What sayest thou, my dear Nurse?

NURSE

Is your man secret? Did you never hear say,

165Two may keep counsel, putting one away?

ROMEO

I warrant thee, my man’s as true as steel.

NURSE

Well, sir, my mistress is the sweetest lady. Lord, Lord, when ‘twas

burbling baby

a little °. O, there is a nobleman in town, one Paris,

eagerly

that would ° lay knife aboard.[47] But she, good soul, would

170happily see a toad, a very toad, than him. I anger her sometimes,

and tell her that Paris is the properer man, but I’ll warrant you,

piece of cloth

when I say so, she looks as pale as any ° in the versall[48]

world. Doth not rosemary[49] and Romeo begin both with a letter?

ROMEO

Aye, Nurse, what of that? Both with an “R.”

NURSE

175Ah, mocker! That’s the dog’s name;[50] R is for the—no, I know it

begins with some other letter—and she hath the prettiest

sententious[51] of it, of you and rosemary, that it would do you good

to hear it.

ROMEO

Commend me to thy lady.

NURSE

180Aye, a thousand times. Peter?

PETER

Anon.

NURSE

quickly

Before and °.

Exit all

❖❖❖

ACT 2, SCENE 5

Juliet waits for the Nurse to return. When the Nurse returns, Juliet begs her for information. The Nurse delays, saying she’s too tired and her body is too sore. Juliet pressures her until the Nurse gives in and tells her that Romeo is waiting to marry her at Friar Lawrence’s cell.

Somewhere outside the Capulet estate:

Enter JULIET

JULIET

The clock struck nine when I did send the Nurse.

In half an hour she promised to return.

Perchance she cannot meet him. That’s not so:

feeble; slow

O, she is °! Love’s heralds should be thoughts

5Which ten times faster glide than the sun’s beams

Driving back shadows over lowering hills.

Therefore do nimble-pinioned doves draw Love,[52]

And therefore hath the wind-swift Cupid[53] wings.

Now is the sun upon the highmost hill

10Of this day’s journey, and from nine till twelve,

Is three long hours, yet she is not come.

Had she affections and warm, youthful blood,

She would be as swift in motion as a ball,

throw

My words would ° her to my sweet love,

15And his to me. But old folks,

Many feign as they were dead,

Unwieldy, slow, heavy, and pale as lead.

Enter NURSE and PETER

O God, she comes. O, honey Nurse, what news?

Hast thou met with him? Send thy man away.

NURSE

20Peter, stay at the gate.

Exit PETER

JULIET

Now, good sweet Nurse—

O, Lord, why lookest thou sad?

Though news be sad, yet tell them merrily.

If good, thou shames the music of sweet news

25By playing it to me with so sour a face.

NURSE

O, I am weary. Let me rest awhile.

Fie,[54] how my bones ache! What a jaunt I had!

JULIET

I would thou had’st my bones, and I thy news.

Nay, come, I pray thee, speak. Good, good Nurse, speak.

NURSE

30Jesu, what haste? Can you not wait awhile?

Do you not see that I am out of breath?

JULIET

How art thou out of breath, when thou hast breath

To say to me, that thou art out of breath?

The excuse that thou dost make in this delay,

35Is longer than the tale thou dost excuse.

Is thy news good or bad? Answer to that.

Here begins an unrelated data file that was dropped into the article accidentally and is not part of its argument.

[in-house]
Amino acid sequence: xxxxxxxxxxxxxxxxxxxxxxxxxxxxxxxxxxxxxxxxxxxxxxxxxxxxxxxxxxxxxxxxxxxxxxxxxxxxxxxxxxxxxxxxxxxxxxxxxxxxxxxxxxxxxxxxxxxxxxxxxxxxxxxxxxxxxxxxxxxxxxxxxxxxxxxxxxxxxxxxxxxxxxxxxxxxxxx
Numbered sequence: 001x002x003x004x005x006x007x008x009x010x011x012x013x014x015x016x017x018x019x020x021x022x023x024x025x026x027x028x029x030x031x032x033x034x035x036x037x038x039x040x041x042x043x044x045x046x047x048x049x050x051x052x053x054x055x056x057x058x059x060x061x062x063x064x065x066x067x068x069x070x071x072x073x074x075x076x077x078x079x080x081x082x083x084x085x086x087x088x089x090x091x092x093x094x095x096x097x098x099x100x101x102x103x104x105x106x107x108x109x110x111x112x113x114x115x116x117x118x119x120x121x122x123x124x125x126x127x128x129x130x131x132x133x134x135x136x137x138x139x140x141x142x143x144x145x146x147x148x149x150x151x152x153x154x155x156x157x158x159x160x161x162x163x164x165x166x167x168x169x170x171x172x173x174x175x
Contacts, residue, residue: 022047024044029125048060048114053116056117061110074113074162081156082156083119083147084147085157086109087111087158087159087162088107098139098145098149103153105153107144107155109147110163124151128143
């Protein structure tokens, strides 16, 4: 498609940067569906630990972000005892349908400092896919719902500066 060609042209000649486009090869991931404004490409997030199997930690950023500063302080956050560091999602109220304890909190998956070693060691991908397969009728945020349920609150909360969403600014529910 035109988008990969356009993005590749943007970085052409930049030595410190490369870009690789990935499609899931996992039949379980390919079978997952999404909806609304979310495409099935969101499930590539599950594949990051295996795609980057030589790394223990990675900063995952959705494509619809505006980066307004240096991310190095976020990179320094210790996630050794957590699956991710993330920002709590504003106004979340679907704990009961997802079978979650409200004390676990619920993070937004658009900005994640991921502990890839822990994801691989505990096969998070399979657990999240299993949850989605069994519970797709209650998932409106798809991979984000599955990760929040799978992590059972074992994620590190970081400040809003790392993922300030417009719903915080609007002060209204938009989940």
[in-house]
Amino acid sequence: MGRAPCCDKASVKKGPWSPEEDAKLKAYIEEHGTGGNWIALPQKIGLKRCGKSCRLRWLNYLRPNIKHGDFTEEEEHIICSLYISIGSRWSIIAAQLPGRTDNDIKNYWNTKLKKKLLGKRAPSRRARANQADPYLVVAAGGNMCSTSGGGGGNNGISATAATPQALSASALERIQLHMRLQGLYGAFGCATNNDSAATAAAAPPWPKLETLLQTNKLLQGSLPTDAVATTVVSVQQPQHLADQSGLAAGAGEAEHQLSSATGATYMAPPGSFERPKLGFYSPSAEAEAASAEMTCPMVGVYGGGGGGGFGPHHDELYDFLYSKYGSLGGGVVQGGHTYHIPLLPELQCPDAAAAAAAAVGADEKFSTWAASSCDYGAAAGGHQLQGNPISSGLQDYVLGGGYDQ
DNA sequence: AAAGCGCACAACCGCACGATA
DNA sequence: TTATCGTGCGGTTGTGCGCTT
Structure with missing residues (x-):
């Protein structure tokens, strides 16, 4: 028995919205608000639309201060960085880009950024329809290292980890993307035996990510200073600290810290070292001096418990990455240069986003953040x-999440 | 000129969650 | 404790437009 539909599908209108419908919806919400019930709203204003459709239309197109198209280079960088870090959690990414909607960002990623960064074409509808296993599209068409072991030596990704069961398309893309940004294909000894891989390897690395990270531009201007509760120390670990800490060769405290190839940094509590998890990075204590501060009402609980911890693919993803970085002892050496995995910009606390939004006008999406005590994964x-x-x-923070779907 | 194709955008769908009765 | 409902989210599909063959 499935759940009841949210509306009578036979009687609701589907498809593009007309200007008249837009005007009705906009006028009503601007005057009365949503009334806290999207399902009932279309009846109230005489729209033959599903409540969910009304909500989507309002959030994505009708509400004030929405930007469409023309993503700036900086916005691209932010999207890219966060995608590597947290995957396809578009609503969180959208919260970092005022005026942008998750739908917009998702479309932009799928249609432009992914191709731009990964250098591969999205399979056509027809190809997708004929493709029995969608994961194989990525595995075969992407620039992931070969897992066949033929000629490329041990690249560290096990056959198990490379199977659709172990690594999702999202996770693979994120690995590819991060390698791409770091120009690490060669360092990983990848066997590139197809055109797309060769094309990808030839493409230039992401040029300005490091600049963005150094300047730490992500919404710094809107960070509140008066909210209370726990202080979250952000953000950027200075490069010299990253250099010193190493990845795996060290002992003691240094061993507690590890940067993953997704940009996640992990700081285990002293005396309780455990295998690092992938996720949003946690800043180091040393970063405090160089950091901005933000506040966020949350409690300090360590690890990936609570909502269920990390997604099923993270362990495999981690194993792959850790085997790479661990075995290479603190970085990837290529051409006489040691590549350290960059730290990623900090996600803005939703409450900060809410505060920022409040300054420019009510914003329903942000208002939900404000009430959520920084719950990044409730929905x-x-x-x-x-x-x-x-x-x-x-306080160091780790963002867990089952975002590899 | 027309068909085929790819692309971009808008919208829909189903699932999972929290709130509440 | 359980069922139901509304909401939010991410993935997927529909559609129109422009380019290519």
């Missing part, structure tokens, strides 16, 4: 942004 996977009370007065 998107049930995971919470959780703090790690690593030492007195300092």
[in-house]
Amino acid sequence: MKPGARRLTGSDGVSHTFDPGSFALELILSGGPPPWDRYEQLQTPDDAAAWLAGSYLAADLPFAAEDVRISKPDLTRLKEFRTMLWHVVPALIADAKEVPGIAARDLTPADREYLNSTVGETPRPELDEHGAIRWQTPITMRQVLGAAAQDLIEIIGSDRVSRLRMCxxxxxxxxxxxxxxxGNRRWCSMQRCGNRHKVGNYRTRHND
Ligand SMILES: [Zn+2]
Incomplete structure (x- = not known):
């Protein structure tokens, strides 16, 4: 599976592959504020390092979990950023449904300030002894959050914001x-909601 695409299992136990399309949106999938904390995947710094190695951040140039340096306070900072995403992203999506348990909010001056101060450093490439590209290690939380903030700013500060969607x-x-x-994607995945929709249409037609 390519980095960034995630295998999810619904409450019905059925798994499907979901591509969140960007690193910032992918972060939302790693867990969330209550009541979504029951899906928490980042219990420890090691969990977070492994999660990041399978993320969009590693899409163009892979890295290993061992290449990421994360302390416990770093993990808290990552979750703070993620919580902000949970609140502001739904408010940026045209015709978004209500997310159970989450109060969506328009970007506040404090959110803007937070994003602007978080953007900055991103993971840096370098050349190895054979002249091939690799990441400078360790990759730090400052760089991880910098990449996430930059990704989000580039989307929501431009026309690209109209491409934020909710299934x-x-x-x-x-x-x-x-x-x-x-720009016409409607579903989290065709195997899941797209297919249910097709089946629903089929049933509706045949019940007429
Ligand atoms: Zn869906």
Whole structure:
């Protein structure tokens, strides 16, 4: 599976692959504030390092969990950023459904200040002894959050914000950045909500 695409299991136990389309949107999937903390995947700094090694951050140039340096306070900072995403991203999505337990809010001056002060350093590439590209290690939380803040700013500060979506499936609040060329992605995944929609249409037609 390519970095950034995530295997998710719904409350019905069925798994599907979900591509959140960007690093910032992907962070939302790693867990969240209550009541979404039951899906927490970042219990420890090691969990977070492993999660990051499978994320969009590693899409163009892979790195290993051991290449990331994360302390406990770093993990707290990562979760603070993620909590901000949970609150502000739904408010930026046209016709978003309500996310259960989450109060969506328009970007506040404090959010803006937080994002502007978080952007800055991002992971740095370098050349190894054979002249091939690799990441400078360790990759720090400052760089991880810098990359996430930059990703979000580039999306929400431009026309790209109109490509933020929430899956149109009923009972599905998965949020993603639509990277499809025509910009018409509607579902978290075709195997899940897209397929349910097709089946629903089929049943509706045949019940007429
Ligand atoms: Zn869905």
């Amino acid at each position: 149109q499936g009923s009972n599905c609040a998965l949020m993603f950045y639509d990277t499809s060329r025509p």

Say either, and I’ll stay the circumstance.[55]

Let me be satisfied, is’t good or bad?

NURSE

Well, you have made a foolish choice. You know not how to

40choose a man. Romeo, no, not he, though his face be better than

any man’s; and his leg excels all mens’; and for a hand, and a foot,

and a body, though not much to talk on, yet they are past

compare. He is not the flower of courtesy, but I’ll warrant him as

gentle as a lamb. Go thy ways, wench; serve God. What, have you

45dined at home?

JULIET

No, no. But all this did I know before.

What says he of our marriage? What of that?

NURSE

Lord, how my head aches! What a head have I?

It beats as it would fall in twenty pieces.

at the other

50My back ° side! Oh my back, my back.

curse

° your heart for sending me about

To catch my death with jaunting up and down.

JULIET

I’faith, I am sorry that thou art not well.

Sweet, sweet, sweet Nurse, tell me, what says my love?

NURSE

55Your love says, like an honest gentleman,

And a courteous, and a kind, and a handsome,

And I warrant, a virtuous—Where is your mother?

JULIET

Where is my mother?

Why she is within, where should she be?

60How oddly thou repliest.

“Your love says like an honest gentleman:

Where is your mother?”

NURSE

Oh God’s lady dear,[56]

Are you so hot? Marry, come up, I trow.

homemade ointment

65Is this the ° for my aching bones?

Henceforward do your messages yourself.

JULIET

What a fuss! Come, what says Romeo?

NURSE

Have you got leave to go to shrift today?

JULIET

I have.

NURSE

hurry

70Then ° you hence to Friar Lawrence’s cell,

There waits a husband to make you a wife.

Now comes the wanton blood up in your cheeks;

They turn to scarlet, straight, at any news.

Hie you to church. I must another way

75To fetch a ladder by which your love

Must climb a bird’s nest soon when it is dark,

I am the drudge, and toil in your delight.

But you shall bear the burden soon at night.

Go. I’ll to dinner; hie you to the cell.

JULIET

80Hie to high fortune! Honest Nurse, farewell.

Exit all

❖❖❖

ACT 2, SCENE 6

Romeo and Friar Lawrence wait at the cell. Romeo says his current joy far outweighs any misfortune that may come. Juliet arrives. They all exit and the friar performs the wedding.

Friar Lawrence’s cell in Verona:

Enter FRIAR and ROMEO

FRIAR